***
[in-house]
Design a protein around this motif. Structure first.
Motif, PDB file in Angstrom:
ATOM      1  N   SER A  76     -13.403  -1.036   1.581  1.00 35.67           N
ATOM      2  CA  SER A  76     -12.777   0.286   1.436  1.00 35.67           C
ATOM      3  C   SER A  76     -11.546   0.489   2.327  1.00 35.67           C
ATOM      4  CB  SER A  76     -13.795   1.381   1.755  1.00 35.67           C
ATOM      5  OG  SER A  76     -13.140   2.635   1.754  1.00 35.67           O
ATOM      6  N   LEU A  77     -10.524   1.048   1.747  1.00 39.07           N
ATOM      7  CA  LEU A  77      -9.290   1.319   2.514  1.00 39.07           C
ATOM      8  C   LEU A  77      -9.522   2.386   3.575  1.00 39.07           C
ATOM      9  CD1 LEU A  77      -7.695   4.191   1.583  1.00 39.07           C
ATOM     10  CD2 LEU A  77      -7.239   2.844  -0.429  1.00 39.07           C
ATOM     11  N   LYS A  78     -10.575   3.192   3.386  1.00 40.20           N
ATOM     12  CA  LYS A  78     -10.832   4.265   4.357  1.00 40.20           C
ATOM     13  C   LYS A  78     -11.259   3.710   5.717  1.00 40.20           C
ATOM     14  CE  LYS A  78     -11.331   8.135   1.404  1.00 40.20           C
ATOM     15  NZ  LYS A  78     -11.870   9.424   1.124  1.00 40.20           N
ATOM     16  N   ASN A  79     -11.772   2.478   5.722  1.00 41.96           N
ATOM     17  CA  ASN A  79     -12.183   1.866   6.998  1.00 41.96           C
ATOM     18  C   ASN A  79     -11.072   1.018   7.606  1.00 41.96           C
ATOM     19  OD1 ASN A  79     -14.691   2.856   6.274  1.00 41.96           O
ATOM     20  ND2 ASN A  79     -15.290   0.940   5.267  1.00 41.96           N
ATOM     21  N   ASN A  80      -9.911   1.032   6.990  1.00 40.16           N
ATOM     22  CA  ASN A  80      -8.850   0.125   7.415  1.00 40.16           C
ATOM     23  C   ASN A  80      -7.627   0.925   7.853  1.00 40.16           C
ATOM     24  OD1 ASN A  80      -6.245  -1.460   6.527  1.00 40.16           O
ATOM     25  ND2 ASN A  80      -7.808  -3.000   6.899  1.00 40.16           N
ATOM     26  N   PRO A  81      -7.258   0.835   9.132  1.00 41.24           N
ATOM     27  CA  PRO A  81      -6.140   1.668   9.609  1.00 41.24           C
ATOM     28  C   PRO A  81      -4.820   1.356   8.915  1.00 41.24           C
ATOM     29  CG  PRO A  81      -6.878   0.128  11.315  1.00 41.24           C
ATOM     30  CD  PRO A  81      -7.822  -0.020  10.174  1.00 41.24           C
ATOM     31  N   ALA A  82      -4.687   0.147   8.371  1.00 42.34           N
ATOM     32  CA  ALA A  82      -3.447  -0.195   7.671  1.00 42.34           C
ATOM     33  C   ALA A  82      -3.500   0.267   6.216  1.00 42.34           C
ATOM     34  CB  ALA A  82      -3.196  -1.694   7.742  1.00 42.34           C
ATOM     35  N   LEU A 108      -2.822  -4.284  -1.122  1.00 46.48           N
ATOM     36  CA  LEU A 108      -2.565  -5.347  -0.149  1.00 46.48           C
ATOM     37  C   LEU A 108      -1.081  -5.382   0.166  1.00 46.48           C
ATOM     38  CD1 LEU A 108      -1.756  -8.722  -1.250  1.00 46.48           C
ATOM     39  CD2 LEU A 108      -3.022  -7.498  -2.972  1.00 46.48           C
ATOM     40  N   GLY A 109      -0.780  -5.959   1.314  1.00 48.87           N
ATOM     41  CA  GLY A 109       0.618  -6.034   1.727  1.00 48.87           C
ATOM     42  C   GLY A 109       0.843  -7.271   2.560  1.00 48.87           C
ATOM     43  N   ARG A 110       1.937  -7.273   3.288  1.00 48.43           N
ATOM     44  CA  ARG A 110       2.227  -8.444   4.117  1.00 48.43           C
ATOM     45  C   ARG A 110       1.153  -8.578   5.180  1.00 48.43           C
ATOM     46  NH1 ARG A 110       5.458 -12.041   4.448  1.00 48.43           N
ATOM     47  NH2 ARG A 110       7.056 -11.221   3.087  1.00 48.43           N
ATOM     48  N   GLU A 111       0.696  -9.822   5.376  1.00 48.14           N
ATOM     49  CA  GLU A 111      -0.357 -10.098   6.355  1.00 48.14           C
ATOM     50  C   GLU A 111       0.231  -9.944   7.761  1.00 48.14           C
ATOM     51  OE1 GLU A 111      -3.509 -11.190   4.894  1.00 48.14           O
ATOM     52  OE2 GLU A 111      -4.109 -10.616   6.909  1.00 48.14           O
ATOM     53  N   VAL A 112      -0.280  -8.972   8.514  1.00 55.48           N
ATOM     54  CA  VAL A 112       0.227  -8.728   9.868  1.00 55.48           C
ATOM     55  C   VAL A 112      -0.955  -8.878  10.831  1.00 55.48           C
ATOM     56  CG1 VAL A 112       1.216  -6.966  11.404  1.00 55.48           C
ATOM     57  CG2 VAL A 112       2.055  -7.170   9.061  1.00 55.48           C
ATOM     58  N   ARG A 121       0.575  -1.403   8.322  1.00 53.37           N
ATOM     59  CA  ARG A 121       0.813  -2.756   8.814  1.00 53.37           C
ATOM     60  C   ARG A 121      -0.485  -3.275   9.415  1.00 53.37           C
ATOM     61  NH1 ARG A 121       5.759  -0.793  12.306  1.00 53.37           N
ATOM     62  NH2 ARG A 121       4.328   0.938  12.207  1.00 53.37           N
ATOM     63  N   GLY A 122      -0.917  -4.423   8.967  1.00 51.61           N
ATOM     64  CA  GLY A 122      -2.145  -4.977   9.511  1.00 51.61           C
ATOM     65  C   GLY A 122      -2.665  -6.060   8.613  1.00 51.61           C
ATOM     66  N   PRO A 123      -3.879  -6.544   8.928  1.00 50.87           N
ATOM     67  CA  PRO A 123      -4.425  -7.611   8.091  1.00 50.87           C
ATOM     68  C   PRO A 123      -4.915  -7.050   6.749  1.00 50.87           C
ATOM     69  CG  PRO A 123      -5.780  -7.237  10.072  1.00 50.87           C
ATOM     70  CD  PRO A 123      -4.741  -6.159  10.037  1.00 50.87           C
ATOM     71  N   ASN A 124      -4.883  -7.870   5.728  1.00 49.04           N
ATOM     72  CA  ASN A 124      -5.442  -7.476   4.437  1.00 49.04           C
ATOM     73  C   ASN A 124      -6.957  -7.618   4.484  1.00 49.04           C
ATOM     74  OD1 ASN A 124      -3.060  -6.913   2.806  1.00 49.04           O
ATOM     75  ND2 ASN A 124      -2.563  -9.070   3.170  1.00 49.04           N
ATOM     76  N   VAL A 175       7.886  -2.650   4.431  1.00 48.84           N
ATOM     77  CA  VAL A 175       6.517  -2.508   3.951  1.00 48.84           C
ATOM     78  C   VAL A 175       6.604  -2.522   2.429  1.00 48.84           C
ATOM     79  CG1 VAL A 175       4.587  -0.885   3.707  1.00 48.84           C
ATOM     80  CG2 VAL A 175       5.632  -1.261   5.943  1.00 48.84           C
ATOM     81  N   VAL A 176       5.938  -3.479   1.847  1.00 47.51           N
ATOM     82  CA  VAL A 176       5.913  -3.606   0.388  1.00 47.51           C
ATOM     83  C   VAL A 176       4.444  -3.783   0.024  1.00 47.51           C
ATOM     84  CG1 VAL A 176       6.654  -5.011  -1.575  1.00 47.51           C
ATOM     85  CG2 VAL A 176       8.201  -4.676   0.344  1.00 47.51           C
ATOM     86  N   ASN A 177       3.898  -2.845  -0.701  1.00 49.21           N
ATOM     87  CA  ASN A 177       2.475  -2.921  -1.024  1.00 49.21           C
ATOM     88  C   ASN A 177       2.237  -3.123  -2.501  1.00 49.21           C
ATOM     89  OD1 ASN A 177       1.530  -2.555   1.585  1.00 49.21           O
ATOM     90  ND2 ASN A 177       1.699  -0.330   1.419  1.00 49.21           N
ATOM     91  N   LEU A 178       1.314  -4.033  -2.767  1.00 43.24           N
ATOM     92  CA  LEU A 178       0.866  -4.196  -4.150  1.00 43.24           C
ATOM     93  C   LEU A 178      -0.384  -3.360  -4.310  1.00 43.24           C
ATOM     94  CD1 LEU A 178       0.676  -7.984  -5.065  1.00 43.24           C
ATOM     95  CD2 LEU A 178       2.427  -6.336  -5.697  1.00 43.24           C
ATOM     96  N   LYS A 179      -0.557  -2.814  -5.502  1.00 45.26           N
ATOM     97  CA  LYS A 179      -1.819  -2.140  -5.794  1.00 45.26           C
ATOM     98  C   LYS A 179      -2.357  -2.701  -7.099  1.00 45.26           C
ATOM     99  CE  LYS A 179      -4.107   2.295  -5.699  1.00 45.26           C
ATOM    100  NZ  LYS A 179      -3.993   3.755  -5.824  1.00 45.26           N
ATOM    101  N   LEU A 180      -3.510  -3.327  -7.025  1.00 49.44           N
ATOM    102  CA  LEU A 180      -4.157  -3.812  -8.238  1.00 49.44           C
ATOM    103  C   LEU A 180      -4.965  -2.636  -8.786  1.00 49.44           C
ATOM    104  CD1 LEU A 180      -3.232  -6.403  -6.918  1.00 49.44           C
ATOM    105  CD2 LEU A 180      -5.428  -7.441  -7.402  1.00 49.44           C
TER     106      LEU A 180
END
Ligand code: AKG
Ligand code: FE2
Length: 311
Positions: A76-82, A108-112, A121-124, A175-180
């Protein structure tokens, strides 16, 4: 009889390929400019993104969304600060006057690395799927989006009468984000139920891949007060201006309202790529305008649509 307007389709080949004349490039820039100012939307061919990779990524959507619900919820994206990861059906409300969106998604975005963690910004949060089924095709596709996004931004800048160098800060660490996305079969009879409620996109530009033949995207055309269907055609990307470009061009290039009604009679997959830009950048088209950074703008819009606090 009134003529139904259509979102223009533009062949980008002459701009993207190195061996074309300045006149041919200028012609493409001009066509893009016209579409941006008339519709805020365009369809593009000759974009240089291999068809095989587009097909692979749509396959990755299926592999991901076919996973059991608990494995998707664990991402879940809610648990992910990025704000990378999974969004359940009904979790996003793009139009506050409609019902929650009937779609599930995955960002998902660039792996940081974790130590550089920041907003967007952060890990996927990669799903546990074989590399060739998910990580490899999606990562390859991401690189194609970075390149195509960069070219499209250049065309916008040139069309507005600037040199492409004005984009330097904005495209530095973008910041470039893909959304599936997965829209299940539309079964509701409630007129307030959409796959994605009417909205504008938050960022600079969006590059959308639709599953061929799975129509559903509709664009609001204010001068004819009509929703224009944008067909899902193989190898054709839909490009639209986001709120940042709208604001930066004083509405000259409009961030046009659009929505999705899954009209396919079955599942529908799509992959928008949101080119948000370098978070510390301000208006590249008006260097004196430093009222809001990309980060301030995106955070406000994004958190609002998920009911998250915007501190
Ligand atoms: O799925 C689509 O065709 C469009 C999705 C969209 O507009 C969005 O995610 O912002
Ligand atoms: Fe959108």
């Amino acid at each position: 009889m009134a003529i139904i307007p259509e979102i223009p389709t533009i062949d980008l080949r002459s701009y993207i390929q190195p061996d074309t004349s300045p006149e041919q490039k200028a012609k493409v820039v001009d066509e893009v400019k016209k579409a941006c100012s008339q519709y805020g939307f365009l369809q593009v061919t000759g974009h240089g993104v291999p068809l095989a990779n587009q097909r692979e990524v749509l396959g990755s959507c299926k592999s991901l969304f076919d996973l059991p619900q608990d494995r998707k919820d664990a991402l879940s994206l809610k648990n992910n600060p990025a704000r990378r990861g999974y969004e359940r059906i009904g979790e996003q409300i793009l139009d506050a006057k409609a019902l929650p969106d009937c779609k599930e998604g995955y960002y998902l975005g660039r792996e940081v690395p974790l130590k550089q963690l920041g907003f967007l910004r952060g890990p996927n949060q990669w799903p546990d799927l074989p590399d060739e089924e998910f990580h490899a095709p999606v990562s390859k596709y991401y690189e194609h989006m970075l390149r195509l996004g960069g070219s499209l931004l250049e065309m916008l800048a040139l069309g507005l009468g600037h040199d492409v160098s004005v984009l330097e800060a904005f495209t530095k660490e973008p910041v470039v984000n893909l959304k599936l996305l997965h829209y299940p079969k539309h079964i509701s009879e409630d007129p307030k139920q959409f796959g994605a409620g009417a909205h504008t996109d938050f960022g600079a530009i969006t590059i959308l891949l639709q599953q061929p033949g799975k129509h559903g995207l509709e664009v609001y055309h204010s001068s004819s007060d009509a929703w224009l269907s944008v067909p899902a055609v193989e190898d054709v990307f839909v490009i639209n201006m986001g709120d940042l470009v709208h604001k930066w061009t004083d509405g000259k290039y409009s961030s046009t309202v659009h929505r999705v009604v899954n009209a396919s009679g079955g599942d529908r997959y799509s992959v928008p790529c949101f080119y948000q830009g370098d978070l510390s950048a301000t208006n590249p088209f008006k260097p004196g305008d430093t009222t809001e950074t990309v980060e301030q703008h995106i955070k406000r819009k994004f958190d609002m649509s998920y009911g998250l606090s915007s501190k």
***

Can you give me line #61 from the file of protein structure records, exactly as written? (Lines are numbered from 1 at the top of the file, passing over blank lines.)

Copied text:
ATOM     58  N   ARG A 121       0.575  -1.403   8.322  1.00 53.37           N